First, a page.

Planes will arrive at Ambala July 29
India’s latest fighter jet acquisition, the Rafale, is set to arrive on July 29 and is fitted with ‘game-changing’ weapons which are unmatched in the neighbourhood – Pakistan and China.
Just days before the Rafale fighter jets made by Daasult aviation of France are set to be inducted, the Indian Air Force has said its pilots and ground crew, after having undergone training, are ‘fully operational’. Read it here
This comes even as India and China are locked in a tense stand-off since early May. Ambala is such located that the plane can take off and fly north-eastwards towards the G219 highway of China.
The twin engine plane is set to join the IAF fleet when the first lot of five arrives on July 29 and will be stationed at Ambala in North India. These planes will be flown in from France by Indian pilots. An Airbus tanker will re-fuel them mid-air and the planes will take a small break at a base in the middle east before flying to Ambala.
With this the Indian Air Force not just with a fast and agile modern fighter but one that comes armed with a highly potent set of weapons from European company MBDA that are unrivalled by any of India’s neighbours.
Post arrival, efforts will focus on operationalisation of the aircraft at the earliest and formal induction ceremony will take place in second half of August 2020.
The weapons on board
The most famous of these weapons is the Meteor beyond visual range air-to-air missile, which is widely recognised as a game changer for air combat. The Meteor is powered by a unique rocket-ramjet motor that gives Meteor far more engine power, for much longer than any other missile. This means it can fly faster, fly longer, and manoeuvre more than any other missile – giving Meteor the ability to chase down and destroy agile hostile fighters at even the furthers of ranges. As a result, Meteor has a no-escape zone many times greater than any other air-to-air missile.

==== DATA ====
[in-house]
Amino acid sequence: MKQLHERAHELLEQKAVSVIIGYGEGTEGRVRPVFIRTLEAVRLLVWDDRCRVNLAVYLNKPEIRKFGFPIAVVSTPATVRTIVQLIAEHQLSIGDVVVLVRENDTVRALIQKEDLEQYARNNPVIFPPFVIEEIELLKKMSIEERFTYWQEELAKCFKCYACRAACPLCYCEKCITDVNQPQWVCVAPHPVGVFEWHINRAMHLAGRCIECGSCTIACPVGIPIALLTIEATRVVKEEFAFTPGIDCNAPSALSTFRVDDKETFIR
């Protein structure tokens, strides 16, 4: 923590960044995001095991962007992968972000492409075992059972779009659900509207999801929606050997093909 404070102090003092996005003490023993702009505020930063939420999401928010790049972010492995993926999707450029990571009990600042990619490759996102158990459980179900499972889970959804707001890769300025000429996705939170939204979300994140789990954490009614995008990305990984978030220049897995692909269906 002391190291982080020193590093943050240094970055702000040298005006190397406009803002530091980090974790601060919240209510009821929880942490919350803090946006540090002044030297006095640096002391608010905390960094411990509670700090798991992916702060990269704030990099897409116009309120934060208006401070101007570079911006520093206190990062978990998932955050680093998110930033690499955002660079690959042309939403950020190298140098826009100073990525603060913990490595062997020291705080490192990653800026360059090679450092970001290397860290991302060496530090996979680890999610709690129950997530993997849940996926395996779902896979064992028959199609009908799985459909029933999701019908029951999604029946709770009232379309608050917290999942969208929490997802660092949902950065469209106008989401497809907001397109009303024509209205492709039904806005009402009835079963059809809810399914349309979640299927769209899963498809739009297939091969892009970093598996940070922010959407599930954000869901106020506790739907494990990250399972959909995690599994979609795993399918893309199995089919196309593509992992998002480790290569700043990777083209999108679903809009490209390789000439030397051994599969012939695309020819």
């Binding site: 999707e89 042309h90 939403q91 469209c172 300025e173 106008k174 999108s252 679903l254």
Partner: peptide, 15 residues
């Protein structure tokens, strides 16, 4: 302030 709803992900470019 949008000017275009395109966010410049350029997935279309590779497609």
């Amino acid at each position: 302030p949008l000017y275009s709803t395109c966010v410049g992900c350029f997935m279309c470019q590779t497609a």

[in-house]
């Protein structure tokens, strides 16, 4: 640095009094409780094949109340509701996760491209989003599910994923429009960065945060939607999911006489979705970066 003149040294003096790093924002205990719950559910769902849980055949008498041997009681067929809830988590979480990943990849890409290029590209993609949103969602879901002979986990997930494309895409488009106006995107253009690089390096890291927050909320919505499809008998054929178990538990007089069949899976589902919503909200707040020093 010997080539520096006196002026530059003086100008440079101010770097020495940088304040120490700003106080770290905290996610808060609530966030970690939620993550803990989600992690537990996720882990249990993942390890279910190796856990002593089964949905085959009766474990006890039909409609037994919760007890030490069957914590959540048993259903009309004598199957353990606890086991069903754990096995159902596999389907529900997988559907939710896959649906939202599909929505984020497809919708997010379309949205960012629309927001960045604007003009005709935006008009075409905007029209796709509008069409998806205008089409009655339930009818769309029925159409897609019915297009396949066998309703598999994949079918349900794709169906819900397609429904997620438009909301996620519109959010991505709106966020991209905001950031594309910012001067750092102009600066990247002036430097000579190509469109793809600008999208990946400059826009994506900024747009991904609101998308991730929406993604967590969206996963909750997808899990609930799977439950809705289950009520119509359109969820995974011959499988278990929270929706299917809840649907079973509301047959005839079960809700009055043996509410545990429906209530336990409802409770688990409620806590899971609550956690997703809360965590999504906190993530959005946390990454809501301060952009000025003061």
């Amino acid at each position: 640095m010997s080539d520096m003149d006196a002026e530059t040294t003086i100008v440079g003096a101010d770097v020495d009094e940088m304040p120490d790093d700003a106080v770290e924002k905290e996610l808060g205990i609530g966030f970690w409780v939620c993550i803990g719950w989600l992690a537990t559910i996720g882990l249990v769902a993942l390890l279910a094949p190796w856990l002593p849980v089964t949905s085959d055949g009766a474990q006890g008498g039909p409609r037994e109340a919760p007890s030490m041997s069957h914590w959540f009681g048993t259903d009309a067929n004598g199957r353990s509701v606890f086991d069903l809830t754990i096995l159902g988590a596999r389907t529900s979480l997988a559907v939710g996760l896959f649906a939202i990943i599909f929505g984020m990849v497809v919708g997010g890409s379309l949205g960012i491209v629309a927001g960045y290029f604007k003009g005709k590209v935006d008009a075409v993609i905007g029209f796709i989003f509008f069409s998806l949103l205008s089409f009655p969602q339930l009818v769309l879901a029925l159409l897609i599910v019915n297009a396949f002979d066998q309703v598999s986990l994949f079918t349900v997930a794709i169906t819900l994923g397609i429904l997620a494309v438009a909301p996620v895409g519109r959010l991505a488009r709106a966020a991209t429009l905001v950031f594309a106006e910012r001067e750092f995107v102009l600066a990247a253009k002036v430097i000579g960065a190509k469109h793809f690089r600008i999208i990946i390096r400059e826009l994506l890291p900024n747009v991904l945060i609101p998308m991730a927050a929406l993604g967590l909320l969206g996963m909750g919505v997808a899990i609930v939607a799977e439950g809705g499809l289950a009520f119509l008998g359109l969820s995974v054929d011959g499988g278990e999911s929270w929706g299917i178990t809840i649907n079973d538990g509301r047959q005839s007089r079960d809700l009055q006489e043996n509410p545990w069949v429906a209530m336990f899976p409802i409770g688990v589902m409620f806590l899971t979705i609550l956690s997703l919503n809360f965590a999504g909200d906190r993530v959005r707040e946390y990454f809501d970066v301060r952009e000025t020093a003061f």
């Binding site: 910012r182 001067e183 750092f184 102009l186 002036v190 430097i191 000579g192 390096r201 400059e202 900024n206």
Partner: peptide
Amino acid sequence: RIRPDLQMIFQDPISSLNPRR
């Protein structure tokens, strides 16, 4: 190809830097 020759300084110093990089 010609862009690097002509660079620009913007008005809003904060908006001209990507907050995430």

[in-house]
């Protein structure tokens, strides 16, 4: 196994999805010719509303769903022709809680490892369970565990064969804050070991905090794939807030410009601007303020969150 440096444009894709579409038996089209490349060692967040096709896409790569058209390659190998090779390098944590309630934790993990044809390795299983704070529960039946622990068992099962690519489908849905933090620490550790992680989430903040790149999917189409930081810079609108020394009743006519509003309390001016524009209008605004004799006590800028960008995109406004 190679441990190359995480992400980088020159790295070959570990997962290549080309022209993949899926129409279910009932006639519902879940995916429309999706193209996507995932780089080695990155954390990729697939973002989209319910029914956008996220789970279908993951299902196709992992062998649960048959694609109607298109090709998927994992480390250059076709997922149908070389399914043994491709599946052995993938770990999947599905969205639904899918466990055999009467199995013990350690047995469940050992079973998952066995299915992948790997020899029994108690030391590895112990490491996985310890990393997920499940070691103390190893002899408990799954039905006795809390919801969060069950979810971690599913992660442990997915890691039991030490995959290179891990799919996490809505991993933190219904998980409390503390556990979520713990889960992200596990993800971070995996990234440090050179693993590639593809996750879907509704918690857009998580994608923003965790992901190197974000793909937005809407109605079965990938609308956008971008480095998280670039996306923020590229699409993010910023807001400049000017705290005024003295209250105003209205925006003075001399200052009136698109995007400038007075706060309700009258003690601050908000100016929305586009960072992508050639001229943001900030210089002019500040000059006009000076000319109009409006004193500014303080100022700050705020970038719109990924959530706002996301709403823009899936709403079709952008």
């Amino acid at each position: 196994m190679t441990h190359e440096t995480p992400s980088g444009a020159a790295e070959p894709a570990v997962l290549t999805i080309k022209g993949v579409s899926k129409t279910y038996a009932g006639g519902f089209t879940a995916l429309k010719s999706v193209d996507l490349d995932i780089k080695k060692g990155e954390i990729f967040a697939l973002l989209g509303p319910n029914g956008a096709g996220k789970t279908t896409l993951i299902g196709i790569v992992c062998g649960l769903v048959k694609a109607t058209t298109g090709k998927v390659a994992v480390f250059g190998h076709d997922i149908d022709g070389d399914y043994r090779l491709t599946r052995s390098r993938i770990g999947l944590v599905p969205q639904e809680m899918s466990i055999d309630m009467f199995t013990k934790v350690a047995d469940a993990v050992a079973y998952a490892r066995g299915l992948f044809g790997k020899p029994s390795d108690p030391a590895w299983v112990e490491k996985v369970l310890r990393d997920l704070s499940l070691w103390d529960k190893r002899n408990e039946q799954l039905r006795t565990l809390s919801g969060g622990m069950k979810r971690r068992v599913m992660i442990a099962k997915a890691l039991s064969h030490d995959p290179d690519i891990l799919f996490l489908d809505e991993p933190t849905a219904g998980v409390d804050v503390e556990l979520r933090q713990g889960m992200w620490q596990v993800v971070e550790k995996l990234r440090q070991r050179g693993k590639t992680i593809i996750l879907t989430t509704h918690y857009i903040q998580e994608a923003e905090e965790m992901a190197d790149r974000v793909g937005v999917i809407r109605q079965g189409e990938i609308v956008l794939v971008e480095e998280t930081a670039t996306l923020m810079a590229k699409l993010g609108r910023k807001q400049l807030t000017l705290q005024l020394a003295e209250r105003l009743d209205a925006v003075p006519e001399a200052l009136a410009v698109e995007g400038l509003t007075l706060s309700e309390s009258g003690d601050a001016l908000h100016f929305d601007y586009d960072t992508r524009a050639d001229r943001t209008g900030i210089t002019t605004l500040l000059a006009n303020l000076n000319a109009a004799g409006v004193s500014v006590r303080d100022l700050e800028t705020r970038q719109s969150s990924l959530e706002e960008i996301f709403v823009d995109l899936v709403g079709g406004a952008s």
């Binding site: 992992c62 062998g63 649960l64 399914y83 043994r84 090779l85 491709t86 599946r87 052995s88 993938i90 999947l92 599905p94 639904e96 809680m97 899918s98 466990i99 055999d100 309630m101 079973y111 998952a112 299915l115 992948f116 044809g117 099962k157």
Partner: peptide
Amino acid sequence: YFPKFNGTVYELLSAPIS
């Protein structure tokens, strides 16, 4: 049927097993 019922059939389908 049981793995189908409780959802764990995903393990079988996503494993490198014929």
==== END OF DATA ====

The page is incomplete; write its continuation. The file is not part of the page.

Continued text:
India’s Rafales will also be equipped with the SCALP deep-strike cruise missile from MBDA. This stealthy weapon has proven repeatedly in combat its unerring ability to strike hardened and protected targets deep inside hostile territory – without the need for the Rafale to enter hostile airspace. SCALP’s operational effectiveness is the result of three key factors: its high survivability thanks to its long stand-off range, low observability and sophisticated mission planning system; its pinpoint terminal accuracy through its highly accurate seeker and target recognition system; and its terminal effectiveness provide by its powerful tandem warhead and multiple detonation modes.
The IAF’s Rafales will also be equipped with MICA, a missile the Indian Air Force knows very well as it is also part of the upgrade package for the IAF’s Mirage 2000 aircraft. MICA is the only missile in the world featuring two interoperable seekers (active radar and imaging infrared) to cover the spectrum from close-in dogfight to long beyond visual range. Its ability to fly out to BVR in passive mode before the seeker locks on in the final stages of the end game has earned it the nickname “silent killer” as the target has little time to react or to deploy effective countermeasures.